Tag Archives: regulatory reform

Reinventing Regulation

by Larry Grant

If one could remove oneself from the panic of the financial crisis, it could be instructive—even amusing—to see if this crisis does, in fact, take the course described by its antecedents:  Crisis, regulation, co-option.  Let’s hope not, but, cynical me, I expect the worst.

The worst in this case would be a rush to regulation that, in typical bureaucratic fashion, will create a new regulatory body based on legislation that will require a one-size-fits-all Procrustean bed.  This will be especially worrisome if the push for regulation of the financial institutions and the markets they play in goes beyond to other institutions/companies the Treasury decides to invest in where the player is too big to fail.  Also, I worry that market forces and public investments will result in further mergers and acquisitions in the banking industry creating even more concentration that we can’t afford to bail out.  (See “Both Sides of the Aisle Say More Regulation, and Not Just of Banks,” Jackie Calmes,  New York Times.)

What we need is regulation that is focused on the specific situation of the institution or product being regulated—e.g., not all banks, this bank; or insurance products by any other name (like “credit default swaps” maybe?).  I found it encouraging that Gary Stein, President of the Minneapolis Federal Reserve Bank appears to support an approach that uses specific data from financial institutions that would indicate existing or future problems so that regulators could act before it is too late.  (Gretchen Morgenson, “Regulators In Need Of Rehab,”  by Gretchen Morgenson, New York Times)  Put another way, Floyd Norris writes in the New York Times that “[o]ne principle of the new regulatory system must be that regulations are based on what people do, not on who they are.”

If you are a reinventor faced with designing a regulatory or control functions, we have a basic approach that, over the last two decades has been continually refined.  This approach has three conceptual dimensions focused on the “situation” of the complier (the institution or individuals to be regulated):  Willingness to comply, Ability to comply, and Risk associated with non-compliance.  (Note:  this approach began with the thinking of Hersey and Blanchard  and their concept of “situational leadership.”)

Taking each of these dimensions independently, the concepts are that differences in willingness to comply, ability to comply, and the risk of non-compliance should have different regulatory responses or demands.  For example, if someone is willing to comply, it doesn’t make sense to treat them as a target for criminal enforcement.  Maybe all they need is the best information about how to comply or the social consequences of non-compliance, or just feedback on the degree to which they are complying.  Why bear the cost of stationing a traffic cop on a stretch of road when a simple radar-enabled sign provides feedback on speed?  In some communities this latter approach is much more cost effective to bring down the speed of traffic.  However, where those to be regulated are not willing to comply, information won’t work—enforcement is necessary.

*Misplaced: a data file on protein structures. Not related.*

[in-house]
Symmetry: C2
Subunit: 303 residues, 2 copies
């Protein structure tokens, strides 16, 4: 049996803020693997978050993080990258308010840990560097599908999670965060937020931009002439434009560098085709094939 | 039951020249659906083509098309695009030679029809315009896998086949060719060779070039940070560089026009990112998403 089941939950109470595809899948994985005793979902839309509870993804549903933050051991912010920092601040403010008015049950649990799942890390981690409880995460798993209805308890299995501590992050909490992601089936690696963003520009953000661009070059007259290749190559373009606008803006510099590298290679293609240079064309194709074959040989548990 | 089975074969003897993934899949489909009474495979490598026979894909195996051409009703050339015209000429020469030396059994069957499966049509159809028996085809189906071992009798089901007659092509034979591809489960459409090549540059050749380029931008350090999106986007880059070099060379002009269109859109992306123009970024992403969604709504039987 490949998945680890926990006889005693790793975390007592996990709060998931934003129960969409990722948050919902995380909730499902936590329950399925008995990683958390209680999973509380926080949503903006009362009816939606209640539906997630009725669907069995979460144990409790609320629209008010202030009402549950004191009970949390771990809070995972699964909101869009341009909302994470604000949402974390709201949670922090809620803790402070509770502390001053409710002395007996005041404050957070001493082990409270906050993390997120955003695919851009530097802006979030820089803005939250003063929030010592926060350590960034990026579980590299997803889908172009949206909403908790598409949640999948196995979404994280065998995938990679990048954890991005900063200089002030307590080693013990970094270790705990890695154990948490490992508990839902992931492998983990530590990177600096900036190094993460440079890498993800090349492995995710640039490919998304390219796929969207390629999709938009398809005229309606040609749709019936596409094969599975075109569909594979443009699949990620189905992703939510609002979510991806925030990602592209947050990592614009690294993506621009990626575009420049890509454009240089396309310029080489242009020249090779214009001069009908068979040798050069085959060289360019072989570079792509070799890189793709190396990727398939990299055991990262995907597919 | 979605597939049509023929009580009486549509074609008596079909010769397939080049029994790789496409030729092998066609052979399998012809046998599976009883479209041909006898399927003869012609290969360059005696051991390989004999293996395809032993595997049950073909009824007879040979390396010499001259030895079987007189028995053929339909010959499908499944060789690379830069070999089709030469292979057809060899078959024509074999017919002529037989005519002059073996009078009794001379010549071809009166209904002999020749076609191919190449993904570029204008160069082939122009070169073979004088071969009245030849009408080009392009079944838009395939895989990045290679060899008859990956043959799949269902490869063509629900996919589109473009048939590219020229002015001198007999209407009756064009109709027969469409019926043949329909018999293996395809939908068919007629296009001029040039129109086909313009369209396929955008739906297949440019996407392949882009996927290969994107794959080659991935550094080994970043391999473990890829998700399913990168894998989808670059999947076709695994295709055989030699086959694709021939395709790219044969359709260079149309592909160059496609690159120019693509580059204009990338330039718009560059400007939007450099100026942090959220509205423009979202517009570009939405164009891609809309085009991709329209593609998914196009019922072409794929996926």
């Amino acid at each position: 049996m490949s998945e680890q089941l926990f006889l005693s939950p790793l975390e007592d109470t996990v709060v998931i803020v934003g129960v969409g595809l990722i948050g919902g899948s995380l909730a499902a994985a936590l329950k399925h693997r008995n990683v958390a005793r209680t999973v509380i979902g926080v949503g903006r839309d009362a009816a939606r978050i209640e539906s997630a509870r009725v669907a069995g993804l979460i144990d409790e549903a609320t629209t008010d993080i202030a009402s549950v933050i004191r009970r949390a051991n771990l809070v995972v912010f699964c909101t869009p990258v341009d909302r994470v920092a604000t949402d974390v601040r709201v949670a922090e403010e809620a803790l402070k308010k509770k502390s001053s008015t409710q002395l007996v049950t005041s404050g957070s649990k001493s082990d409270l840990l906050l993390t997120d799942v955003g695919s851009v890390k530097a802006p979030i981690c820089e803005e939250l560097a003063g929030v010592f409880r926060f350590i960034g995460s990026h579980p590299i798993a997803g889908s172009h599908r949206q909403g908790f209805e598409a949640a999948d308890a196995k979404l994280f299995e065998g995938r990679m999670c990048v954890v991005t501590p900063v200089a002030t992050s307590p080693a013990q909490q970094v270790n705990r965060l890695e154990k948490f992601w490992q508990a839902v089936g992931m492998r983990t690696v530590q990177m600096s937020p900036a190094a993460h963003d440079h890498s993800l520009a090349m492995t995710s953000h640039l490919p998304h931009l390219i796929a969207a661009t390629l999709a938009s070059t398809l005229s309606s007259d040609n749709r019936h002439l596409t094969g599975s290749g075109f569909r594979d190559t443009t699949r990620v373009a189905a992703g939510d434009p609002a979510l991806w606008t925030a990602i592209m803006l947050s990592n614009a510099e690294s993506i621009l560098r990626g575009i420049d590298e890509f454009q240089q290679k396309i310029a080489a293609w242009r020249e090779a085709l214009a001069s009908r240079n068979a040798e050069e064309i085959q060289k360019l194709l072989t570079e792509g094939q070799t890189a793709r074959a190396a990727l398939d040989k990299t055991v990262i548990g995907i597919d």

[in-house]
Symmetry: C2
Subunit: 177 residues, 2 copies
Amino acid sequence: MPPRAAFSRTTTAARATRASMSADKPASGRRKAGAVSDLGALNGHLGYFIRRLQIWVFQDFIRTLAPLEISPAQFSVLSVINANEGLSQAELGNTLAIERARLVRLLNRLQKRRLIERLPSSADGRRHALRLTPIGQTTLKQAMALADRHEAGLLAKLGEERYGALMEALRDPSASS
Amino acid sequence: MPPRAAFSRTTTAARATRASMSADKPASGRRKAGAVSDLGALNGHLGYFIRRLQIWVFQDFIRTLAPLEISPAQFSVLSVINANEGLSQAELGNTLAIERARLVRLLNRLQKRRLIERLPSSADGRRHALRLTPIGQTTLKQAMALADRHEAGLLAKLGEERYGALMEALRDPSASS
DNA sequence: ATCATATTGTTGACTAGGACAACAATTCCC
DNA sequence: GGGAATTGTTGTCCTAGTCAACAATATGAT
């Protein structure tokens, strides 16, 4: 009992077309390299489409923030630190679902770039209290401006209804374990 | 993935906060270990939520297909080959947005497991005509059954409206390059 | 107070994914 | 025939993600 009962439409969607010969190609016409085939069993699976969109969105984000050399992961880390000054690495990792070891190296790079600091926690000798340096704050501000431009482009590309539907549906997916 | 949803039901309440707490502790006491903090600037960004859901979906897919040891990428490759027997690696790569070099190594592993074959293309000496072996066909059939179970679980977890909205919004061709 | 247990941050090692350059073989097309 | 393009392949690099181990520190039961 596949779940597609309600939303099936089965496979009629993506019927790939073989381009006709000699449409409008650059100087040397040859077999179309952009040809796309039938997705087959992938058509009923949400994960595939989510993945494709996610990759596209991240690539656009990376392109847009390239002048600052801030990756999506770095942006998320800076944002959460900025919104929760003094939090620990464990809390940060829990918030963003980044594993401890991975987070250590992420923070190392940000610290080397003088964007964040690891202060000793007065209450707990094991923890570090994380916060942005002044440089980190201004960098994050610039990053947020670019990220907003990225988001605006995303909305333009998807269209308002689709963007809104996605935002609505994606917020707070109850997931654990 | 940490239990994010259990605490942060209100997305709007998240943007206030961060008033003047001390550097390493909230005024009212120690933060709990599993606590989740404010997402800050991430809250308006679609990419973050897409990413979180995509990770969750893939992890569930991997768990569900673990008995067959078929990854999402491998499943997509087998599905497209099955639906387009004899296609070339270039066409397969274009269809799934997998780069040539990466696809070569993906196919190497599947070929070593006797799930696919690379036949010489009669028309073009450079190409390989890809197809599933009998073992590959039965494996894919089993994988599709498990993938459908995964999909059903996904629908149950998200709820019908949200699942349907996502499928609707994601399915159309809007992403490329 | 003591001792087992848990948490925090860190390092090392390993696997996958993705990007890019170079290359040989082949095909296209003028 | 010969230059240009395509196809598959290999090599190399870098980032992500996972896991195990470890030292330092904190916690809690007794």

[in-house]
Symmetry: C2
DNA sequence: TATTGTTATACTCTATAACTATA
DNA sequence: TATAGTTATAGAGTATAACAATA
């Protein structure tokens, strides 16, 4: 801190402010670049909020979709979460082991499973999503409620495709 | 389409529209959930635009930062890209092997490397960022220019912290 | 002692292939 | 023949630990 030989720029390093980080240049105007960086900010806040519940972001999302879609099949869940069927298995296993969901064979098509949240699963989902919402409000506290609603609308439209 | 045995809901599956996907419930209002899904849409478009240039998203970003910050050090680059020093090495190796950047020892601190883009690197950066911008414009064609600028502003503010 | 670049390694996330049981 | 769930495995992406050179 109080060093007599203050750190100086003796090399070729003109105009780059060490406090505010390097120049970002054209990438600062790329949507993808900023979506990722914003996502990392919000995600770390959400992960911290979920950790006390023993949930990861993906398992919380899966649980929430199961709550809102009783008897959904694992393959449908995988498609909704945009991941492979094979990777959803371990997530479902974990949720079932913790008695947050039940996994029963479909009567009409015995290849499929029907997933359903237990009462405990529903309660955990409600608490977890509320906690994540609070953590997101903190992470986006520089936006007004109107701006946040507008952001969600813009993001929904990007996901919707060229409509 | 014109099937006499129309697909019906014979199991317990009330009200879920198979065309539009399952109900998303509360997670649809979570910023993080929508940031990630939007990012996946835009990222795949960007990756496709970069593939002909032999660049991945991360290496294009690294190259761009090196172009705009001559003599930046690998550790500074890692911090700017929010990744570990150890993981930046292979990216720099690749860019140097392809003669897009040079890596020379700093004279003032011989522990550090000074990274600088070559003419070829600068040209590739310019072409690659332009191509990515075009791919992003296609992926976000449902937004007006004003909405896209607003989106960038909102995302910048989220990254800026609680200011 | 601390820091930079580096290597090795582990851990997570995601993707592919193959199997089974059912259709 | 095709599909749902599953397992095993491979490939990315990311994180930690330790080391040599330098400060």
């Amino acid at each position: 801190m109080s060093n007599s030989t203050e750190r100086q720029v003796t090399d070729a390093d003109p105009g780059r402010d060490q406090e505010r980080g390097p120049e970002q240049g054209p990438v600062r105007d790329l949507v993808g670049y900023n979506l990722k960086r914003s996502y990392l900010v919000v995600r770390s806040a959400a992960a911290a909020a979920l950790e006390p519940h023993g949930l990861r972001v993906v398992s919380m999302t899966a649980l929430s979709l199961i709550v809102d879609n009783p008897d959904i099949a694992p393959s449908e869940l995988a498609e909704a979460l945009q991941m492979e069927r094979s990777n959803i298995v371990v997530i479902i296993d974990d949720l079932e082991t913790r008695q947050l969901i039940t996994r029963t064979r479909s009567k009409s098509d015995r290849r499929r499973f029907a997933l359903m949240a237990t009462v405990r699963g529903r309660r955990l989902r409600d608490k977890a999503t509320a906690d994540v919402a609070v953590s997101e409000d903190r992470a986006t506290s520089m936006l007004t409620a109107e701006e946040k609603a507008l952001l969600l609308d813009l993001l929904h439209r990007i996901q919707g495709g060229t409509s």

This is similar to an assessment of a complier’s ability to comply.  For example, some states have found that their tax forms had become so complicated that people had great difficulty paying the correct amount.  By simplifying the forms much higher levels of compliance were achieved without the great additional expense of more auditors and tax enforcement personnel.

In the case of risk, the reinventor needs to keep in mind the risk or cost involved in non-compliance, and the relative cost of regulation.  One needs to take a different approach to regulation if the risk is high, than if the risk is low, or if the cost of regulation outweighs the cost of non-compliance.  A common example is where it costs several hundred dollars to process a procurement form for a product or service that only costs a few dollars, and the risk is very low if the “wrong” product or service is, in fact, procured.  Or take Russian roulette.  As Norris says, “even a low probability event may represent an unacceptable risk.  Few of us would play Russian roulette, even if the odds were wildly in our favor, because it is a game no one can lose twice.”

The challenges in making this approach to regulation work are the issues of resources and metrics.  In other words, the regulator needs to have the tools and ability to assess the relative willingness, ability, and risk involved.  Otherwise, the path of least resistance (for the bureaucrat and the elected official) is one-size-fits-all.  And we know where that path leads.

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A Bailout Badly in Need of Reinvention

by Larry Grant

Frankly, I didn’t want to think much more about government regulation, but it is clear that somebody better.

In an earlier post on this blog, I said that the regulatory cycle went something like:  crisis, creation of a regulatory agency, quiescence, and capture of the regulators by the regulated.  This seems to be playing out right now in the current financial crisis.  There are, to be sure, some added wrinkles: a massive bailout of the financial industry and the adoption of dictatorial powers by the executive branch to dispense these financial favors – excuse me, a “clean” grant of authority.  Still, in reaction to the administration’s “solution,” a new regulatory agency is being proposed.

What can we expect to happen, and how might a reinventor think about it?  I expect that should such an agency be created, it will most likely contract out the actual work of designing and effecting regulation to the experts – yes, the same “experts” who created the mess in the first place.  So we will have bureaucrats, well meaning I’m sure, trying to deal with the flim-flam artists of our age.  Guess into whose pockets the money will flow?

There is an alternative – certainly not the only one, but something a little different.  It reminds me a little bit of the issues surrounding public financing of professional sports stadiums.  It has always seemed bizarre that the public should subsidize rich men’s jock sniffing without getting any of the reward.  If the public invests, why shouldn’t the public own?

As Paul Krugman says, “… if government is going to provide capital to financial firms, it should get what people who provide capital are entitled to – a share in ownership …”  If it is true that the actual percentage of bad loans is in the neighborhood of 3 percent, and the real problem is that we don’t know where they are in these mixed packages of mortgage-backed securities, then once it gets untangled, the people (read “taxpayers”) could get the potential profits.

What reinventors need to do is design ways that government can become savvy investors in the firms that solve the problems.  Then it will be clear who the customer is.